Mexico News Daily was launched in June 2014 as a digital publication whose goal was and is to offer clear and concise coverage of news and current affairs in Mexico. We do so by curating existing news sources, mostly Spanish-language media outlets that publish content online, and republishing their stories in English.
Our goal from the beginning has been to present news about Mexico for English speakers, expatriates either retired or employed, and investors and businesses with a presence in Mexico or those interested in establishing one.
We go beyond simply translating the material from our sources. We rewrite that material, often by drawing from more than one source, and by researching the subject matter when necessary so we can provide our readers with context and background.
We strive for accuracy, balance and fairness in our coverage but we are only as good as our sources, most of which are Mexico’s leading newspapers and magazines. Sometimes it can be a challenge to determine the news value of a story and ascertain its veracity.
We attempt to overcome the potential pitfalls by cross-checking stories across media outlets and sticking with publications that have a good track record, but in the case of an exclusive we are often faced with going with our gut feeling. However, the strategy has served us well.
The proof is in the broad acceptance of our publication and the loyal readership we have built. More than 18,000 readers subscribe to our Email News Update, a summary of the latest news and stories delivered three times a week. And about the same number are fans of our page on Facebook, on which we post a summary of every story we publish.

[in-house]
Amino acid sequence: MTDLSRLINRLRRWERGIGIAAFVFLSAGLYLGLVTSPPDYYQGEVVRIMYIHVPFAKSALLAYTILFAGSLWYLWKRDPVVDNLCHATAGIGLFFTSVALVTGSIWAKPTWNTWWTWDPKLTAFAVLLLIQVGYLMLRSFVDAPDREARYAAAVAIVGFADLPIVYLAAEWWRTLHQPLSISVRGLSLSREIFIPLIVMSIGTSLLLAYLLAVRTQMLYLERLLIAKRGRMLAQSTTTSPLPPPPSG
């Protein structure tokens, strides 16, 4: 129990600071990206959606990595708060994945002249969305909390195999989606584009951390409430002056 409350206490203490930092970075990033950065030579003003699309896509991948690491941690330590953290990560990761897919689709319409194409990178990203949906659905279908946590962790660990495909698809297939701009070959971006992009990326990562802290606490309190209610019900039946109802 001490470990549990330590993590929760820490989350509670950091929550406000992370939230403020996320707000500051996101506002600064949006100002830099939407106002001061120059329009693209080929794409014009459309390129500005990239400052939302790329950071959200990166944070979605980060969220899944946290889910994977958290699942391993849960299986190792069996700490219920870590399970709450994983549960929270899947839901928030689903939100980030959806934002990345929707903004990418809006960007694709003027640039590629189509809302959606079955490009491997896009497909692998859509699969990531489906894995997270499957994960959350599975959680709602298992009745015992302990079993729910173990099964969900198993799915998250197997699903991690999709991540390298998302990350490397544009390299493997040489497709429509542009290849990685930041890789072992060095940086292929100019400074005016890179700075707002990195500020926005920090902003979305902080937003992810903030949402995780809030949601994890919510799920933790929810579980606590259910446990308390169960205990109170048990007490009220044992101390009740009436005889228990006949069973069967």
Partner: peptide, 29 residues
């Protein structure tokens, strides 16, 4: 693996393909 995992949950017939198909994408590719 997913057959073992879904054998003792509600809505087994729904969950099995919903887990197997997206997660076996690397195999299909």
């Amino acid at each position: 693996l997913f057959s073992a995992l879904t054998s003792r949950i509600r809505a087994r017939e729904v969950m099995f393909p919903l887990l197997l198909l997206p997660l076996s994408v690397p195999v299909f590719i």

It has been through Facebook and word of mouth that we have built a monthly readership of 200,000 unique website visitors, a number that continues to grow.
One of the biggest challenges we have faced since we launched has been striking a balance between good news and bad. In 2014 there was optimism in Mexico and abroad: the outlook for economic growth was good and crime rates were dropping. A year later, our content began to change. Bit by bit the news was getting worse: more crime, more violence, and little indication that sweeping structural reforms were doing much to trigger the hoped-for growth, curb corruption and create a criminal justice system that would actually punish wrongdoing.
Not much has changed since; a lot of the news is still bad, sometimes it’s downright ugly. What has changed is our strategy: we continue to publish the bad stuff but we also look harder for the stories that counter it. But again we are limited by our sources and the breadth of their own coverage because our role is curation.
That will change in future when we begin offering more of our own, original content.
Until then we shall do our best with limited resources to be Mexico’s best English-language news source.
Thanks for reading!
Tony Richards, Editor & Publisher